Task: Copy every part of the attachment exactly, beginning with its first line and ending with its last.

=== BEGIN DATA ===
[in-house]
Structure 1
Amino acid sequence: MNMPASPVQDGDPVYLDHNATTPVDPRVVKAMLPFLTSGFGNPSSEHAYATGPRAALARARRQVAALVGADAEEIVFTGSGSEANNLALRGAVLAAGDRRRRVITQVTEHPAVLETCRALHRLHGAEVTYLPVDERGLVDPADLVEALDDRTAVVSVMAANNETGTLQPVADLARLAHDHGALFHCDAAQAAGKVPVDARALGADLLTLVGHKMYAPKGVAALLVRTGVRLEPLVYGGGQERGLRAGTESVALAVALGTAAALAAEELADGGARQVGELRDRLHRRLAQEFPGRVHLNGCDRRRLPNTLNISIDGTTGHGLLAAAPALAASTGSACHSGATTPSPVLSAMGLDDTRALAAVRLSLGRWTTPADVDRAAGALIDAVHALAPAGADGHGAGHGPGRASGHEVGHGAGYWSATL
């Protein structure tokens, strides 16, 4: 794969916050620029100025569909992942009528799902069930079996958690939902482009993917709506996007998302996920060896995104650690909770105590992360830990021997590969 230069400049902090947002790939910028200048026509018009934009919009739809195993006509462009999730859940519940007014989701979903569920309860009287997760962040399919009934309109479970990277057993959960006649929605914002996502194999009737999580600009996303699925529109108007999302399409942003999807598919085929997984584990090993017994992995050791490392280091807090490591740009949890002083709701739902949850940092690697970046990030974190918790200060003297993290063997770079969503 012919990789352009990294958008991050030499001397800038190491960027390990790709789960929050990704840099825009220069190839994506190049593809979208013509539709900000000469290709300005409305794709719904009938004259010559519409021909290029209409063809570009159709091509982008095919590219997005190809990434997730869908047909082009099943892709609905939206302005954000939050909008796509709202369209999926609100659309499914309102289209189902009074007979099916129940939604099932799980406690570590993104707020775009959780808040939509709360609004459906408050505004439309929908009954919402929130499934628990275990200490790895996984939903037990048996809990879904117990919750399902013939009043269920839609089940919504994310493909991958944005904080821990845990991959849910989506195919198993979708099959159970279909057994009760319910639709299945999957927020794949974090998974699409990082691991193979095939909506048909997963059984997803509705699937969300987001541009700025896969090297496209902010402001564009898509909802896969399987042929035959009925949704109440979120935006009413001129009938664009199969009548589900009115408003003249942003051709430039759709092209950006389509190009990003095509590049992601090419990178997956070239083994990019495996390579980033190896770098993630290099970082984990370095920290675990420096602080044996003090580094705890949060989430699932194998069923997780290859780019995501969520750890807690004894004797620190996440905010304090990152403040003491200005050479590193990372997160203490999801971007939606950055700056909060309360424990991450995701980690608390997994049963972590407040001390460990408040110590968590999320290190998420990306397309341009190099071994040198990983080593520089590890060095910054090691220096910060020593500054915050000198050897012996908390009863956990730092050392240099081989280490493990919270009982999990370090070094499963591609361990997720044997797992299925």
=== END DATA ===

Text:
[in-house]
Structure 1
Amino acid sequence: MNMPASPVQDGDPVYLDHNATTPVDPRVVKAMLPFLTSGFGNPSSEHAYATGPRAALARARRQVAALVGADAEEIVFTGSGSEANNLALRGAVLAAGDRRRRVITQVTEHPAVLETCRALHRLHGAEVTYLPVDERGLVDPADLVEALDDRTAVVSVMAANNETGTLQPVADLARLAHDHGALFHCDAAQAAGKVPVDARALGADLLTLVGHKMYAPKGVAALLVRTGVRLEPLVYGGGQERGLRAGTESVALAVALGTAAALAAEELADGGARQVGELRDRLHRRLAQEFPGRVHLNGCDRRRLPNTLNISIDGTTGHGLLAAAPALAASTGSACHSGATTPSPVLSAMGLDDTRALAAVRLSLGRWTTPADVDRAAGALIDAVHALAPAGADGHGAGHGPGRASGHEVGHGAGYWSATL
């Protein structure tokens, strides 16, 4: 794969916050620029100025569909992942009528799902069930079996958690939902482009993917709506996007998302996920060896995104650690909770105590992360830990021997590969 230069400049902090947002790939910028200048026509018009934009919009739809195993006509462009999730859940519940007014989701979903569920309860009287997760962040399919009934309109479970990277057993959960006649929605914002996502194999009737999580600009996303699925529109108007999302399409942003999807598919085929997984584990090993017994992995050791490392280091807090490591740009949890002083709701739902949850940092690697970046990030974190918790200060003297993290063997770079969503 012919990789352009990294958008991050030499001397800038190491960027390990790709789960929050990704840099825009220069190839994506190049593809979208013509539709900000000469290709300005409305794709719904009938004259010559519409021909290029209409063809570009159709091509982008095919590219997005190809990434997730869908047909082009099943892709609905939206302005954000939050909008796509709202369209999926609100659309499914309102289209189902009074007979099916129940939604099932799980406690570590993104707020775009959780808040939509709360609004459906408050505004439309929908009954919402929130499934628990275990200490790895996984939903037990048996809990879904117990919750399902013939009043269920839609089940919504994310493909991958944005904080821990845990991959849910989506195919198993979708099959159970279909057994009760319910639709299945999957927020794949974090998974699409990082691991193979095939909506048909997963059984997803509705699937969300987001541009700025896969090297496209902010402001564009898509909802896969399987042929035959009925949704109440979120935006009413001129009938664009199969009548589900009115408003003249942003051709430039759709092209950006389509190009990003095509590049992601090419990178997956070239083994990019495996390579980033190896770098993630290099970082984990370095920290675990420096602080044996003090580094705890949060989430699932194998069923997780290859780019995501969520750890807690004894004797620190996440905010304090990152403040003491200005050479590193990372997160203490999801971007939606950055700056909060309360424990991450995701980690608390997994049963972590407040001390460990408040110590968590999320290190998420990306397309341009190099071994040198990983080593520089590890060095910054090691220096910060020593500054915050000198050897012996908390009863956990730092050392240099081989280490493990919270009982999990370090070094499963591609361990997720044997797992299925």